Two plaintiffs lost products liability cases against Louisville Ladder.
In Bielskis v. Louisville Ladder, Inc., No 10-1194 (7th Cir. Nov. 18, 2011) the appellate court upheld the disqualification of plaintiff’s liability expert, Neil J. Mizen. Bielskis was injured while using Louisville Ladder mini-scaffold (model number SM 1404) and alleged a defect to a rolling castor on the device.
The trial judge refused to permit Mizen to testify after a Daubert challenge from the defense and granted summary judgment for the defendant. The Seventh Circuit affirmed, and said that without expert testimony, Plaintiff, who
owned the scaffold for seven years at the time of the accident, and [ ] advanced no particular evidence about its condition when it was received from the manufacturer. Thus , Bielskis has not marshaled sufficient evidence that the mini-scaffold was defective at the time it left Louisville Ladder’s control. Without evidence that the mini-scaffold was defective at the outset or that it was free in the 7-year interim period from any abnormal use, Bielskis needs more than the failure of the caster stem to prove his case. And with no expert testimony, he lacks evidence to support his product liability allegations of strict liability and negligence.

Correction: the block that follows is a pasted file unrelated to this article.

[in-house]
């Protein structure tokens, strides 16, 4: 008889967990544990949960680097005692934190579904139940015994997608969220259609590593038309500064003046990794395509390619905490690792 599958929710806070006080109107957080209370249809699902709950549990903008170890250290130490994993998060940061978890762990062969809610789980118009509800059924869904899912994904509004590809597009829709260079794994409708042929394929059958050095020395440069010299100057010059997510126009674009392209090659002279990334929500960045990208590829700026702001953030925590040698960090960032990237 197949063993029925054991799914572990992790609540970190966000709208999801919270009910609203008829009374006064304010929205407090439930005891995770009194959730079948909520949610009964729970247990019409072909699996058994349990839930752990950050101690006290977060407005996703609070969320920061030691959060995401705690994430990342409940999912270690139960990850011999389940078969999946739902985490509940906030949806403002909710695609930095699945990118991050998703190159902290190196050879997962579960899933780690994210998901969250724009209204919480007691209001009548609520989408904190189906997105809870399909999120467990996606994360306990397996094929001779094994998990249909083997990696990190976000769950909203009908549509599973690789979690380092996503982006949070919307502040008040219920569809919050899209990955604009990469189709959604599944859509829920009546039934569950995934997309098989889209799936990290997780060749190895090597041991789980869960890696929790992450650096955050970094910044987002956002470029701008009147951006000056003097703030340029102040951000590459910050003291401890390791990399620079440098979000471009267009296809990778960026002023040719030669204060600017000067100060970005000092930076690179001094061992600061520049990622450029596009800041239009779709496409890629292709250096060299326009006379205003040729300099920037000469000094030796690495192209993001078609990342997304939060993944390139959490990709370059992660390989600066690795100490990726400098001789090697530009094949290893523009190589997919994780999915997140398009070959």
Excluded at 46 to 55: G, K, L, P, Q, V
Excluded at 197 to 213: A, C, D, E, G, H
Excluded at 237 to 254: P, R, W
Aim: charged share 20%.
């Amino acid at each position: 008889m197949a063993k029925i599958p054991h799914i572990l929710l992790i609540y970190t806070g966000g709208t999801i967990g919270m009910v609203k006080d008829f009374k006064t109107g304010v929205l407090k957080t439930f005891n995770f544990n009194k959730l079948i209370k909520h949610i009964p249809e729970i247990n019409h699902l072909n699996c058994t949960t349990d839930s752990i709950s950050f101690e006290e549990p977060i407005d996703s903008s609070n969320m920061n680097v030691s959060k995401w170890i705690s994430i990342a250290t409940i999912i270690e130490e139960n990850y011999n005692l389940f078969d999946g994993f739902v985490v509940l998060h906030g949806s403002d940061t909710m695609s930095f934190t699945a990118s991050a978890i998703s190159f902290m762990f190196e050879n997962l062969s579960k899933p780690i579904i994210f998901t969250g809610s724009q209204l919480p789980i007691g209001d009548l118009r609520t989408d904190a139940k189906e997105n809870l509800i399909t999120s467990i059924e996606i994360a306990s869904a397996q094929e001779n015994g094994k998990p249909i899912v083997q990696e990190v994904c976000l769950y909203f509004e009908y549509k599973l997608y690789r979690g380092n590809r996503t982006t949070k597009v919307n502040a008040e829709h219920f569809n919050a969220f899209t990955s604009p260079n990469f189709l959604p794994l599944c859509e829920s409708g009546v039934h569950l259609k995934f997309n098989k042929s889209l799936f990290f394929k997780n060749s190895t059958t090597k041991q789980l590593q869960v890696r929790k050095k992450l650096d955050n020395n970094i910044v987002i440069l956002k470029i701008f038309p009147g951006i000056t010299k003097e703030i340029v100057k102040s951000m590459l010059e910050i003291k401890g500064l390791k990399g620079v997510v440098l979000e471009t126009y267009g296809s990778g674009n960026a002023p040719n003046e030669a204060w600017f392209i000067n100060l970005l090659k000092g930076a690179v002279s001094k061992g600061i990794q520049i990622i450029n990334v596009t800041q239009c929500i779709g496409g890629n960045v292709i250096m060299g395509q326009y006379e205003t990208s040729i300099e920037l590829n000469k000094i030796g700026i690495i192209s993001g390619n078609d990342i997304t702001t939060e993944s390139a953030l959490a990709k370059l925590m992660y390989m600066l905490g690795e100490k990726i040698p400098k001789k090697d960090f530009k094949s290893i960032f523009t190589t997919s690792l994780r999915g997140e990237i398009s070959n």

The second victory for Louisville Ladder came from the Eleventh Circuit Court of Appeals in Cannioto v. Louisville Ladder, Inc., No. 11-12885 (Nov. 18, 2011). Once again, the plaintiffs’ expert, Charles E. Benedict, Ph.D, was excluded as a witness.
November 18, 2011 was a very good day for Louisville Ladder.